Beatrix Potter Garden

Gwaenynog Hall is today a largely 19th century mansion, built around an earlier 16th century building, though there are records pushing back the presence of a house here to 1403.  Dr Samuel Johnson, who spent some considerable time in the Denbigh area with Hester Thrale visited Gwaenynog in 1774. The owner, the affable, polite and entirely likeable John Myddleton had been mayor of Denbigh and was good friends with Thomas Pennant.  Dr Johnson did not enjoy his tour of North Wales over much, and was rather churlish in his writings.

'I dined at Mr Middleton's of Gwaynynog.  The house was a gentleman's house below the second rate, perhaps below the third...The table was well supplied, except the fruit was bad.  Middleton is the only man who in Wales has talked to me of literature.'

Yet, Johnson seemed to have enjoyed his time at Gwaenynog, and especially the company of Myddleton.  Certainly, Johnson made an impression on Myddleton, who erected a monument to commemorate his stay.

Mrs Thrale loved her time at Gwaenynog, claiming, 'Here we are loved, esteemed  and honoured, and here I daresay we might spend the whole Winter if we would.'

The Hall was owned by Fred and Harriet Burton in the late 19th century, who happened to be the uncle and auntie of the famous Beatrix Potter.  While the creator of such popular characters as Squirrel Nutkin and Peter Rabbit is almost synonymous with the Lake District, as a young girl she visited her aunt and uncle at Gwaenynog Hall and fell in love with the 200 acre property, especially the walled kitchen garden.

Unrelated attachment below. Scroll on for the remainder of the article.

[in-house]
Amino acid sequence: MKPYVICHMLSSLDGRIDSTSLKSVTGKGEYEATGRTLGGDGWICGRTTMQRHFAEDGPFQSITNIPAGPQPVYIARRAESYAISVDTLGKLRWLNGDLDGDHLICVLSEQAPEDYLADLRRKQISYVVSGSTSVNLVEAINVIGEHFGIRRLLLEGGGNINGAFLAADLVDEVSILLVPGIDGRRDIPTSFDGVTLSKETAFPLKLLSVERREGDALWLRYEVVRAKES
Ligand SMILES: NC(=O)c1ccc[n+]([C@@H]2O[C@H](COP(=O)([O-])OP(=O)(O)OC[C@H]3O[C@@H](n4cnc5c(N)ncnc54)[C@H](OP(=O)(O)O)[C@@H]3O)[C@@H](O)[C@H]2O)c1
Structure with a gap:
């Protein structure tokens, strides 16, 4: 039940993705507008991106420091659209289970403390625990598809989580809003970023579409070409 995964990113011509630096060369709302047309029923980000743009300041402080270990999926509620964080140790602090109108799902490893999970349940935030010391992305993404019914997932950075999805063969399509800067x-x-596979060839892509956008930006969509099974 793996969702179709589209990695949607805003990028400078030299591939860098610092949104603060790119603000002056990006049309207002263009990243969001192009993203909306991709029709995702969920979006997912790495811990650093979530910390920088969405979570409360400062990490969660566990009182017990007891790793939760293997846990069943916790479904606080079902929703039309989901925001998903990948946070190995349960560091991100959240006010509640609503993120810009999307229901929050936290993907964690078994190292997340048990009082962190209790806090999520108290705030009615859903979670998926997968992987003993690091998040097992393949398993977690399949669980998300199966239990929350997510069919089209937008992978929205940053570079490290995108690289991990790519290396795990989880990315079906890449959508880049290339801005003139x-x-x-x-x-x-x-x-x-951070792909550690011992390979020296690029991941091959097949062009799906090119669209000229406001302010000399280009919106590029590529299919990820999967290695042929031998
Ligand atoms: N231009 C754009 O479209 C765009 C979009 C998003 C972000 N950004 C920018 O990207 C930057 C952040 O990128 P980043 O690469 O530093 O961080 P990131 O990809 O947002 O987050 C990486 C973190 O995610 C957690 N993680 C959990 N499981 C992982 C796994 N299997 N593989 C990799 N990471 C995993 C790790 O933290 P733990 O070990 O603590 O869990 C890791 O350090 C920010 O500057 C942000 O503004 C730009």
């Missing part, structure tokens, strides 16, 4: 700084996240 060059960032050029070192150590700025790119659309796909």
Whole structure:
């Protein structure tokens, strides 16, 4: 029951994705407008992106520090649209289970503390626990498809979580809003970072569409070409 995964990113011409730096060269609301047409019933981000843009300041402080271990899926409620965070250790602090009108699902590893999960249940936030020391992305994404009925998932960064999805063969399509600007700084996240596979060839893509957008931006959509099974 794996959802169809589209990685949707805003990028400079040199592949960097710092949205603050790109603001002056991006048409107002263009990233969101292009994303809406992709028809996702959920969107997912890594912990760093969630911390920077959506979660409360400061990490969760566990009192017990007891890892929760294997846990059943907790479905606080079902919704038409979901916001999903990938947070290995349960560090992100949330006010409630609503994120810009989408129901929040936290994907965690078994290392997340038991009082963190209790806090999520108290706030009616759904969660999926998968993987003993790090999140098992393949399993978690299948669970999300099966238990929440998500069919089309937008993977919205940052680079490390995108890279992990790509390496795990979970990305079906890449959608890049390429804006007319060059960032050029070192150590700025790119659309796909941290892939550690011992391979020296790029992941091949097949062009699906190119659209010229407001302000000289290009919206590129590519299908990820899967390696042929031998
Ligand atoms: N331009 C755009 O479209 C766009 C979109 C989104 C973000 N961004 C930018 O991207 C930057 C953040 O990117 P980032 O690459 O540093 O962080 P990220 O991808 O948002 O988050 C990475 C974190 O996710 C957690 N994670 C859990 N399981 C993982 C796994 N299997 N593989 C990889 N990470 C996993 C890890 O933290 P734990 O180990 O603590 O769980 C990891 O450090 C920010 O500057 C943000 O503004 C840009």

It was the kitchen garden that served as the inspiration for her tale, ‘The Tale of the Flopsy Bunnies’ in which the bunnies are captured by Farmer McGregor but are heroically rescued by Thomasina Tittlemouse.  Between 1895 and 1913, it is thought Potter visited the property some thirteen times, and used her sketches of the walled garden in her illustrations for the tale, published in 1909.

By 1988 the garden had fallen into a state of neglect, but was brought back from the brink by the owners Janie and Tim Smith, who with the hard work of their daughter Frances, all relatives of Potter, set about restoring Gwaenynog to the glory it enjoyed at the beginning of the 20th century.  To look at some of the original sketches that Beatrix created for her stories is to look at images of the walled garden at Gwaenynog House, so impressively has the property been restored.

Gwaenynog  House is open during the summer months, and by appointment only. Contact 01745 812066 for details.  It is usually open as part of CADW's open doors initative in September every year.